Disclosing Flooding in Virginia, Sort of

Virginia is a buyer beware Commonwealth. Yes, there is the mandatory disclosure to disclose “repetitive floods” — “repetitive risk loss” means that two or more claims of more than $1,000 were paid by the National Flood Insurance Program within any rolling 10-year period, since 1978″ but no disclosures about flooding, flood zones, FEMA flood plains, or really, anything.

People care about whether their house will flood, and I’d wager more care about this risk now than did in 2016 when I wrote, Would You Buy a House In (or near) a Flood Plain?

This is a great story about North Carolina’s new flood disclosure law:

“Hours into a marathon meeting earlier this month, and with little fanfare, the North Carolina Real Estate Commission gave its blessing to a proposal that could have profound impacts in a state where thousands of homes face threats from rising seas, unprecedented rainfall and overflowing rivers.

Soon, anyone who sells a home in the state will be required to disclose to prospective buyers far more about a property’s flood risks — and flood history. Rather than merely noting whether a home is in a federally designated flood zone, they will have to share whether a property has flood insurance, whether any past flood-related claims have been filed, or if the owner has ever received any federal assistance in the wake of a hurricane, tidal inundation or other flood-related disaster.”

The list of things sellers don’t have to disclose is basically a checklist of things buyers should check

§ 55.1-703. Required disclosures for buyer to beware; buyer to exercise necessary due diligence

  1. The owner makes no representations or warranties as to the condition of the real property or any improvements thereon, …
  2. …  with respect to current lot lines or the ability to expand, improve, or add any structures on the property, …
  3. … with respect to any matters that may pertain to parcels adjacent to the subject parcel, including zoning classification or permitted uses of adjacent parcels,…
  4. … whether the provisions of any historic district ordinance affect the property …
  5. … whether the property contains any resource protection areas established in an ordinance implementing the Chesapeake Bay Preservation Act …
  6. … with respect to information on any sexual offenders registered …
  7. … whether the property is within a dam break inundation zone. …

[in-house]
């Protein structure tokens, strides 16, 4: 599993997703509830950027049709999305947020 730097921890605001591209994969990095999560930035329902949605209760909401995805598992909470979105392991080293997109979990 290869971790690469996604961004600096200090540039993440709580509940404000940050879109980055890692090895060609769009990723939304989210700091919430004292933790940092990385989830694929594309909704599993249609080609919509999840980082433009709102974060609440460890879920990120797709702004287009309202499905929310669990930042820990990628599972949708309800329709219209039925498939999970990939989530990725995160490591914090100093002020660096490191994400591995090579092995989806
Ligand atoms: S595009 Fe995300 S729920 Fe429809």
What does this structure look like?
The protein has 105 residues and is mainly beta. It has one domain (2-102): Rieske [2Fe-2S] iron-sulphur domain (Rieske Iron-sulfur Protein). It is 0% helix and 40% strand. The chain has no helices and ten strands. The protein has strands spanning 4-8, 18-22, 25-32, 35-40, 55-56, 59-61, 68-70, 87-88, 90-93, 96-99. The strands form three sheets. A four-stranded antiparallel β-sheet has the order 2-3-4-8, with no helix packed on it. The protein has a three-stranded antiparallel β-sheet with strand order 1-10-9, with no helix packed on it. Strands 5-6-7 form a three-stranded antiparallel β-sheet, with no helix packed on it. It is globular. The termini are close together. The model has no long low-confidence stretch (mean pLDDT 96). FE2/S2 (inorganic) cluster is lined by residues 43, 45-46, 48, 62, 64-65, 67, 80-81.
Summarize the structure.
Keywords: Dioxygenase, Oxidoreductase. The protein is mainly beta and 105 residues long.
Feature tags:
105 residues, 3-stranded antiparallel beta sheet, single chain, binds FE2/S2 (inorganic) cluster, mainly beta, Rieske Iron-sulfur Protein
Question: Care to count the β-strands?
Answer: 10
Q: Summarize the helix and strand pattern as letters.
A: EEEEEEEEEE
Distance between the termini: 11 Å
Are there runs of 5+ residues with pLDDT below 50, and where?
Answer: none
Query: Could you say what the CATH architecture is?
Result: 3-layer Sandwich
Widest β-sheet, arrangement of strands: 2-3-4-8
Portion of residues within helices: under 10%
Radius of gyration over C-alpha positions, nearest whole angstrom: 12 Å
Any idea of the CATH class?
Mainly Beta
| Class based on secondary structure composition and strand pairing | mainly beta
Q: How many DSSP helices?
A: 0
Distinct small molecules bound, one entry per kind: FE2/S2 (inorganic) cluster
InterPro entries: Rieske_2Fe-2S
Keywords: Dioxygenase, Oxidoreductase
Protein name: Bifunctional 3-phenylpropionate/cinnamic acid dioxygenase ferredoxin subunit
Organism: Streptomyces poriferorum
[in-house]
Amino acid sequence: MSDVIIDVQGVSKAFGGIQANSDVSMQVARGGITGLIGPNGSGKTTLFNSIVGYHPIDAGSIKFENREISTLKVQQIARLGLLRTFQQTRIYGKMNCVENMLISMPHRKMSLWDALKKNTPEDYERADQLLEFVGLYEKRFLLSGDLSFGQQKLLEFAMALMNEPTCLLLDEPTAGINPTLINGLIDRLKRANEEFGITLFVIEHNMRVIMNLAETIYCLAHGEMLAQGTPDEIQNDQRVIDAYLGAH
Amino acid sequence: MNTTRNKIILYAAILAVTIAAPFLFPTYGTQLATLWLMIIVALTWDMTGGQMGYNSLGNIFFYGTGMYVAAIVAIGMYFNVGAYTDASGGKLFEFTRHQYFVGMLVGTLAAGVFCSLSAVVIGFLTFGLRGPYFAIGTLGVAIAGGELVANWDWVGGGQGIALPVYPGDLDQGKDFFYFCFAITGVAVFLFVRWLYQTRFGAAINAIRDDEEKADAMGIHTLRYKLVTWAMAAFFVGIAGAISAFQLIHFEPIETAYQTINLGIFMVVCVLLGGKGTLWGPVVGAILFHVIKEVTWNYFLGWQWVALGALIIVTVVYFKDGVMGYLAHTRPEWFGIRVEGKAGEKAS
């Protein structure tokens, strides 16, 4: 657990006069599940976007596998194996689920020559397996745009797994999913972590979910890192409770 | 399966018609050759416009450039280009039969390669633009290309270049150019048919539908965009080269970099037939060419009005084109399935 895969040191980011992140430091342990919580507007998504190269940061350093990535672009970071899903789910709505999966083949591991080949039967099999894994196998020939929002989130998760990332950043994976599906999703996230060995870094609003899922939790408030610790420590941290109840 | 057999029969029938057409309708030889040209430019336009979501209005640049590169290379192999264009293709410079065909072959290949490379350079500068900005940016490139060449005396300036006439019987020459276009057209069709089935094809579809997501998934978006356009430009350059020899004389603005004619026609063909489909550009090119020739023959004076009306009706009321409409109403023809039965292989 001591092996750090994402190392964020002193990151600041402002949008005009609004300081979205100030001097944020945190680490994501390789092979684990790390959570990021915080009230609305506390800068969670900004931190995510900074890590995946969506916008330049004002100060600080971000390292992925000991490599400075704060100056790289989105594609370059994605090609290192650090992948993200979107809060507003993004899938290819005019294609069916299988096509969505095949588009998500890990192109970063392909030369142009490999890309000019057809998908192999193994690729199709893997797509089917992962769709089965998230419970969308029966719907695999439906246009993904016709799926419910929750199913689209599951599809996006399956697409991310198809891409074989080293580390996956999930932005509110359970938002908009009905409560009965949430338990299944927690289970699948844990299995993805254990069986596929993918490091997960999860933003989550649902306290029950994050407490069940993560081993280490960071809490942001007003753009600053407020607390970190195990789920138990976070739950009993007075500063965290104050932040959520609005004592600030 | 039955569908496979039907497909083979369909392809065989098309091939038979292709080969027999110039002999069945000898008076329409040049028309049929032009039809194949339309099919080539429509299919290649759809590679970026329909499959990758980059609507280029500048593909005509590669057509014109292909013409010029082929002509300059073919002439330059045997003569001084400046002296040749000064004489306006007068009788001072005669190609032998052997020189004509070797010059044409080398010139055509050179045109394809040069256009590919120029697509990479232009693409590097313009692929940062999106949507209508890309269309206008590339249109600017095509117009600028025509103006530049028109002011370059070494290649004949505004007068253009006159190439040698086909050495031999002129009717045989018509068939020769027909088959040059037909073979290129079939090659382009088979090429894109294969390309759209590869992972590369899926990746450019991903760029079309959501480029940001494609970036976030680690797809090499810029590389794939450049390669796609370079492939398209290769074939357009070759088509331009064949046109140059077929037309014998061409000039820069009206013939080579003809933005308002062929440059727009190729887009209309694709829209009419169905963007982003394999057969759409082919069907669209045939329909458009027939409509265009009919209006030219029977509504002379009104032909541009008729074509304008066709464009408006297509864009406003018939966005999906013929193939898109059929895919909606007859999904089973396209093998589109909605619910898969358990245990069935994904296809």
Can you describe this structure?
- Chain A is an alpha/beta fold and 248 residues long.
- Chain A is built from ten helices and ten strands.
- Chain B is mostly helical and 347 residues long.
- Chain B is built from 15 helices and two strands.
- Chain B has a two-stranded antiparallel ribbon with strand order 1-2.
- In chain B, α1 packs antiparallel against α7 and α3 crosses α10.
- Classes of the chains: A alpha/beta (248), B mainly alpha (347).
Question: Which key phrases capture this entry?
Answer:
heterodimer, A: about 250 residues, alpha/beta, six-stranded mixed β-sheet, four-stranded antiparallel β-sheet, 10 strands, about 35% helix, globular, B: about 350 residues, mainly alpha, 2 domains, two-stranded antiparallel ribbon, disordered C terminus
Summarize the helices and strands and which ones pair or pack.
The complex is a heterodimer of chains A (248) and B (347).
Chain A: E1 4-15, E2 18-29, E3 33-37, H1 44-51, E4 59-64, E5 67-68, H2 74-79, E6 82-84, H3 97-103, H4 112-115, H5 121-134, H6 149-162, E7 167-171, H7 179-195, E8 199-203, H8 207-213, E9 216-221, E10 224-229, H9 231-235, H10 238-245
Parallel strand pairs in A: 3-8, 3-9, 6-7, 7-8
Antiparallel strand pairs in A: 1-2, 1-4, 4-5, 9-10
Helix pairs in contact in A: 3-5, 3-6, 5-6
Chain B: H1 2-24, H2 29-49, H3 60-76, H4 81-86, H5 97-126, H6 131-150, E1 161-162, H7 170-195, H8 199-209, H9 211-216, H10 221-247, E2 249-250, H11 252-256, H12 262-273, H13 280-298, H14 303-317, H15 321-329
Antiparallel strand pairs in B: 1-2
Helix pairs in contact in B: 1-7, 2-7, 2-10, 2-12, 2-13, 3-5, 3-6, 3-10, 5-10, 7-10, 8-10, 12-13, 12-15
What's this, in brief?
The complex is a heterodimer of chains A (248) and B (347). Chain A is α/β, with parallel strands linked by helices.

8. … to the presence of any wastewater system, including the type or size of the wastewater system or associated maintenance responsibilities related to the wastewater system, located on the property, …
  9. … makes no representations with respect to any right to install or use solar energy collection devices on the property …
  10. … The owner makes no representations with respect to whether the property is located in one or more special flood hazard areas,  …
  11. … whether the property is subject to one or more conservation or other easements …
  12. … whether the property is subject to a community development authority approved by a local governing body …
  13. … whether the property is located on or near deposits of marine clays (marumsco soils), …
  14. … whether the property is located in a locality classified as Zone 1 or Zone 2 by the U.S. Environmental Protection Agency’s (EPA) Map of Radon Zones …
  15. … whether the property contains any pipe, pipe or plumbing fitting, fixture, solder, or flux that does not meet the federal Safe Drinking Water Act definition of “lead free” pursuant to 42 U.S.C. § 300g-6 …
  16. … to the existence of defective drywall on the property …
  17. … to the condition or regulatory status of any impounding structure or dam on the property or under the ownership of the common interest community that the owner of the property is required to join…

And then, lots and lots of information about flooding

D. The Real Estate Board shall make available on its website a flood risk information form. Such form shall be substantially as follows:

Flood Risk Information Form

The purpose of this information form is to provide property owners and potential property owners with information regarding flood risk. This information form does not determine whether a property owner will be required to purchase a flood insurance policy. That determination is made by the lender providing a loan for the property at the lender’s discretion.

And then there’s this mandatory disclosure that’s likely less relevant in the Charlottesville real estate market area, as it doesn’t mandate disclosure of more common-to-here things like “water gets in basement on heavy rains,” or “some water gets into the cellar; it’s always been that way.”

“The owner of residential real property located in the Commonwealth who has actual knowledge that the dwelling unit is a repetitive risk loss structure shall disclose such fact to the purchaser. For purposes of this section, “repetitive risk loss” means that two or more claims of more than $1,000 were paid by the National Flood Insurance Program within any rolling 10-year period, since 1978. Such disclosure shall be provided to the purchaser on a form provided by the Real Estate Board on its website.”

Representing sellers, I disclose defects that I know about. Representing buyers, I encourage lots of due diligence.

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